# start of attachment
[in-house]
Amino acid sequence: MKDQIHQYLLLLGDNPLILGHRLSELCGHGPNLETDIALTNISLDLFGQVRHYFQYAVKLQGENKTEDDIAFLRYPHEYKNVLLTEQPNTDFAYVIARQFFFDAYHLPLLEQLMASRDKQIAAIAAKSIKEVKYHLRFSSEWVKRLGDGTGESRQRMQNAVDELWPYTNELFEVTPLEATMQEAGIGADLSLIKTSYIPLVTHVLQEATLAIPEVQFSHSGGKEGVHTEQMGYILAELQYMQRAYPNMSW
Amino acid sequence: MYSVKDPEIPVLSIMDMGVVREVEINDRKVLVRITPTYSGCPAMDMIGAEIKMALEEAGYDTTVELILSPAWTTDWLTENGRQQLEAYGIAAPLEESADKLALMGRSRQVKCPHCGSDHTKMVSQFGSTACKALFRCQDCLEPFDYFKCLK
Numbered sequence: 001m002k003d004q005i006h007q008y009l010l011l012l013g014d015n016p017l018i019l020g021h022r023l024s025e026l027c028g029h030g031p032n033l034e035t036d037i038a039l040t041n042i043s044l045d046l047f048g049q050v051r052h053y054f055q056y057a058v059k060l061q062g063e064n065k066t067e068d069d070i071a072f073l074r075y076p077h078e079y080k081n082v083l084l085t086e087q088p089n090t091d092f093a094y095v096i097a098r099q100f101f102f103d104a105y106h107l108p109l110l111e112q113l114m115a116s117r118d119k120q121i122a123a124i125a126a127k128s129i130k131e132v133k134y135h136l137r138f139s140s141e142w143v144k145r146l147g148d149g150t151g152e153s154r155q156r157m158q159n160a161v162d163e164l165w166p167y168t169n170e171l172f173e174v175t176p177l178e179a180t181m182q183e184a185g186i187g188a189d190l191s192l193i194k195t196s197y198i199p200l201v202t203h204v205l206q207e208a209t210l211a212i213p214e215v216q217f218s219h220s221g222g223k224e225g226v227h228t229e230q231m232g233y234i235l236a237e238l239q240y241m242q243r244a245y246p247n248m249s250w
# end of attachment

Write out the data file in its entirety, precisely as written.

[in-house]
Amino acid sequence: MKDQIHQYLLLLGDNPLILGHRLSELCGHGPNLETDIALTNISLDLFGQVRHYFQYAVKLQGENKTEDDIAFLRYPHEYKNVLLTEQPNTDFAYVIARQFFFDAYHLPLLEQLMASRDKQIAAIAAKSIKEVKYHLRFSSEWVKRLGDGTGESRQRMQNAVDELWPYTNELFEVTPLEATMQEAGIGADLSLIKTSYIPLVTHVLQEATLAIPEVQFSHSGGKEGVHTEQMGYILAELQYMQRAYPNMSW
Amino acid sequence: MYSVKDPEIPVLSIMDMGVVREVEINDRKVLVRITPTYSGCPAMDMIGAEIKMALEEAGYDTTVELILSPAWTTDWLTENGRQQLEAYGIAAPLEESADKLALMGRSRQVKCPHCGSDHTKMVSQFGSTACKALFRCQDCLEPFDYFKCLK
Numbered sequence: 001m002k003d004q005i006h007q008y009l010l011l012l013g014d015n016p017l018i019l020g021h022r023l024s025e026l027c028g029h030g031p032n033l034e035t036d037i038a039l040t041n042i043s044l045d046l047f048g049q050v051r052h053y054f055q056y057a058v059k060l061q062g063e064n065k066t067e068d069d070i071a072f073l074r075y076p077h078e079y080k081n082v083l084l085t086e087q088p089n090t091d092f093a094y095v096i097a098r099q100f101f102f103d104a105y106h107l108p109l110l111e112q113l114m115a116s117r118d119k120q121i122a123a124i125a126a127k128s129i130k131e132v133k134y135h136l137r138f139s140s141e142w143v144k145r146l147g148d149g150t151g152e153s154r155q156r157m158q159n160a161v162d163e164l165w166p167y168t169n170e171l172f173e174v175t176p177l178e179a180t181m182q183e184a185g186i187g188a189d190l191s192l193i194k195t196s197y198i199p200l201v202t203h204v205l206q207e208a209t210l211a212i213p214e215v216q217f218s219h220s221g222g223k224e225g226v227h228t229e230q231m232g233y234i235l236a237e238l239q240y241m242q243r244a245y246p247n248m249s250w